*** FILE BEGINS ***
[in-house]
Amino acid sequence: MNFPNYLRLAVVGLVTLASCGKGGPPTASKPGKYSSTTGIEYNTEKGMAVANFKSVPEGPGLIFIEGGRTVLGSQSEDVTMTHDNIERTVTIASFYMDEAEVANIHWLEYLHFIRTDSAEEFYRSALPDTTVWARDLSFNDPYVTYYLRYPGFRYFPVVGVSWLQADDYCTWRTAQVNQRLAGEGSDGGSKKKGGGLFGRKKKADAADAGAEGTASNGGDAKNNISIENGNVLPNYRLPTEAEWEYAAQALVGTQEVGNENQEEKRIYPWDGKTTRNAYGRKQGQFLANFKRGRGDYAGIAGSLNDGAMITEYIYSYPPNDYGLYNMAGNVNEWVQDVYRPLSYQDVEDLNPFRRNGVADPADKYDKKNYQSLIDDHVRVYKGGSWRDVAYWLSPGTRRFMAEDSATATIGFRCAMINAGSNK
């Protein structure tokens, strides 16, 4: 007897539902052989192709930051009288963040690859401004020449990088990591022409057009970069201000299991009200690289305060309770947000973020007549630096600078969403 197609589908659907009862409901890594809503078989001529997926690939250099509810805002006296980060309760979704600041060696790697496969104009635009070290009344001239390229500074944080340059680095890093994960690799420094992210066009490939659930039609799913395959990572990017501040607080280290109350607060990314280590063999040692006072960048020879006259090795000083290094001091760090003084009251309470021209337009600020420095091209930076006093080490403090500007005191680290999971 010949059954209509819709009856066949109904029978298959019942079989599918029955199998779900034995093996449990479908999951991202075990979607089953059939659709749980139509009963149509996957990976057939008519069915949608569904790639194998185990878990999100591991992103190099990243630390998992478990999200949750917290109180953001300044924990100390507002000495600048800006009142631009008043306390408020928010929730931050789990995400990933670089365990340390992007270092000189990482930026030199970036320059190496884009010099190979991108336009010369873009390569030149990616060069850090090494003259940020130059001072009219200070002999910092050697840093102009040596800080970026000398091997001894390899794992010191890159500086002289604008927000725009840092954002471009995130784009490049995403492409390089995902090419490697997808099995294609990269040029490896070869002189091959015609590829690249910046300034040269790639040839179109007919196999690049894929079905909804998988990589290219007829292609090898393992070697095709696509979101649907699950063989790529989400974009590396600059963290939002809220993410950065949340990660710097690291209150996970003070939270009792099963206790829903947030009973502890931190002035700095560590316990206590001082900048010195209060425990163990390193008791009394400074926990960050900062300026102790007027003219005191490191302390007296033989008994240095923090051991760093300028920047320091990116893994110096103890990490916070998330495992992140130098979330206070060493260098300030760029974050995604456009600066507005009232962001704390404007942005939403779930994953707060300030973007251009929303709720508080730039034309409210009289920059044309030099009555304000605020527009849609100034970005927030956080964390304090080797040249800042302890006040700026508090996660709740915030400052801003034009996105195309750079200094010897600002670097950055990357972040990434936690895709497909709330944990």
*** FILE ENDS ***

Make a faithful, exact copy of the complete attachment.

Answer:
[in-house]
Amino acid sequence: MNFPNYLRLAVVGLVTLASCGKGGPPTASKPGKYSSTTGIEYNTEKGMAVANFKSVPEGPGLIFIEGGRTVLGSQSEDVTMTHDNIERTVTIASFYMDEAEVANIHWLEYLHFIRTDSAEEFYRSALPDTTVWARDLSFNDPYVTYYLRYPGFRYFPVVGVSWLQADDYCTWRTAQVNQRLAGEGSDGGSKKKGGGLFGRKKKADAADAGAEGTASNGGDAKNNISIENGNVLPNYRLPTEAEWEYAAQALVGTQEVGNENQEEKRIYPWDGKTTRNAYGRKQGQFLANFKRGRGDYAGIAGSLNDGAMITEYIYSYPPNDYGLYNMAGNVNEWVQDVYRPLSYQDVEDLNPFRRNGVADPADKYDKKNYQSLIDDHVRVYKGGSWRDVAYWLSPGTRRFMAEDSATATIGFRCAMINAGSNK
């Protein structure tokens, strides 16, 4: 007897539902052989192709930051009288963040690859401004020449990088990591022409057009970069201000299991009200690289305060309770947000973020007549630096600078969403 197609589908659907009862409901890594809503078989001529997926690939250099509810805002006296980060309760979704600041060696790697496969104009635009070290009344001239390229500074944080340059680095890093994960690799420094992210066009490939659930039609799913395959990572990017501040607080280290109350607060990314280590063999040692006072960048020879006259090795000083290094001091760090003084009251309470021209337009600020420095091209930076006093080490403090500007005191680290999971 010949059954209509819709009856066949109904029978298959019942079989599918029955199998779900034995093996449990479908999951991202075990979607089953059939659709749980139509009963149509996957990976057939008519069915949608569904790639194998185990878990999100591991992103190099990243630390998992478990999200949750917290109180953001300044924990100390507002000495600048800006009142631009008043306390408020928010929730931050789990995400990933670089365990340390992007270092000189990482930026030199970036320059190496884009010099190979991108336009010369873009390569030149990616060069850090090494003259940020130059001072009219200070002999910092050697840093102009040596800080970026000398091997001894390899794992010191890159500086002289604008927000725009840092954002471009995130784009490049995403492409390089995902090419490697997808099995294609990269040029490896070869002189091959015609590829690249910046300034040269790639040839179109007919196999690049894929079905909804998988990589290219007829292609090898393992070697095709696509979101649907699950063989790529989400974009590396600059963290939002809220993410950065949340990660710097690291209150996970003070939270009792099963206790829903947030009973502890931190002035700095560590316990206590001082900048010195209060425990163990390193008791009394400074926990960050900062300026102790007027003219005191490191302390007296033989008994240095923090051991760093300028920047320091990116893994110096103890990490916070998330495992992140130098979330206070060493260098300030760029974050995604456009600066507005009232962001704390404007942005939403779930994953707060300030973007251009929303709720508080730039034309409210009289920059044309030099009555304000605020527009849609100034970005927030956080964390304090080797040249800042302890006040700026508090996660709740915030400052801003034009996105195309750079200094010897600002670097950055990357972040990434936690895709497909709330944990």